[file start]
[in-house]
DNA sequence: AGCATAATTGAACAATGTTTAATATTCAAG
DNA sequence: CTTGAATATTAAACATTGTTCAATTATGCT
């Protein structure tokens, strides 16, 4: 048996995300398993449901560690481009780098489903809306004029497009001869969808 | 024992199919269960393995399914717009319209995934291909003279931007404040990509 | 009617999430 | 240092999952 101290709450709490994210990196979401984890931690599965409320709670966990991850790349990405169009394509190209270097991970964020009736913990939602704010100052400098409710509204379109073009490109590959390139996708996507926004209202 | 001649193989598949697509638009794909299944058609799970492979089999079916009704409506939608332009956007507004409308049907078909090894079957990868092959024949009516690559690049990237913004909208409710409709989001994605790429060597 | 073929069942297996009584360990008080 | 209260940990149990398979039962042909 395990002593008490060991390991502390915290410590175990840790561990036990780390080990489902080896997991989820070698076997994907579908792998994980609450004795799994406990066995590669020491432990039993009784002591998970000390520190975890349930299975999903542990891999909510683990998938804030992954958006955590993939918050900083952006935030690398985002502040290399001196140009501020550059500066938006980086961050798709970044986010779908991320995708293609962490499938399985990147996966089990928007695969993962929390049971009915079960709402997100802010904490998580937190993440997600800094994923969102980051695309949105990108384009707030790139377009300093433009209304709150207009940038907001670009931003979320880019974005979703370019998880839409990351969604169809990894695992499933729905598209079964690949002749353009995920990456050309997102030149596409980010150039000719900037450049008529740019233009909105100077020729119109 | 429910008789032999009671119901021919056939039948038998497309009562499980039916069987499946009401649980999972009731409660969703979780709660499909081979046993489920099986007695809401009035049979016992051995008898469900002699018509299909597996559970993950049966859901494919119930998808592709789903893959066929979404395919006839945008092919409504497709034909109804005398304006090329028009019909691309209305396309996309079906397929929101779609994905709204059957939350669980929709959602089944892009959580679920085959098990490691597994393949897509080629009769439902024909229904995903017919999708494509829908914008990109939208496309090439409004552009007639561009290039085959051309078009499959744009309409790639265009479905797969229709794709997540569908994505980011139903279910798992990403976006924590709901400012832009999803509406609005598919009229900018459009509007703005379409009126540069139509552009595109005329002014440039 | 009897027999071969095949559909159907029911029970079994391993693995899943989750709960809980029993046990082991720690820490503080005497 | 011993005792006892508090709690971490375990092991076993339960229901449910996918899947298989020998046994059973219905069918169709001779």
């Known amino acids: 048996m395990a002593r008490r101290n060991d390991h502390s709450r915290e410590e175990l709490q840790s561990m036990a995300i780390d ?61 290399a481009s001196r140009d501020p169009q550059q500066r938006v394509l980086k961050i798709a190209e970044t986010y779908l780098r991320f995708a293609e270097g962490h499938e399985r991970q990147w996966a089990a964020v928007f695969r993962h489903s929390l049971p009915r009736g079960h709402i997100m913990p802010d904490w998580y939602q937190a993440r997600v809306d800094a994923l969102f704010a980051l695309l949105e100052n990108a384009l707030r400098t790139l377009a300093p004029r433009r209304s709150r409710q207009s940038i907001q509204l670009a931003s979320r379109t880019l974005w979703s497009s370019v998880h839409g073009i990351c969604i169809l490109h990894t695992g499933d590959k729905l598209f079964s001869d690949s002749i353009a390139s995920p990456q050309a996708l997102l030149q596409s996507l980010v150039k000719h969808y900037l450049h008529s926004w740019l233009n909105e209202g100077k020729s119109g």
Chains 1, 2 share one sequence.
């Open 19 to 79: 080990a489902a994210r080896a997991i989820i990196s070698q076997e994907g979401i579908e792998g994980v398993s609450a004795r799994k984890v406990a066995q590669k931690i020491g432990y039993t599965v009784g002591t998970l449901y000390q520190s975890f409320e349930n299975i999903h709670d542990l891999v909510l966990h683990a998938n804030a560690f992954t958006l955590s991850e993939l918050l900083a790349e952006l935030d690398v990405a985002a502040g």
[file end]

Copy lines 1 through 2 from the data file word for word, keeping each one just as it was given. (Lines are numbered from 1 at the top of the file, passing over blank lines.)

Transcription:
[in-house]
DNA sequence: AGCATAATTGAACAATGTTTAATATTCAAG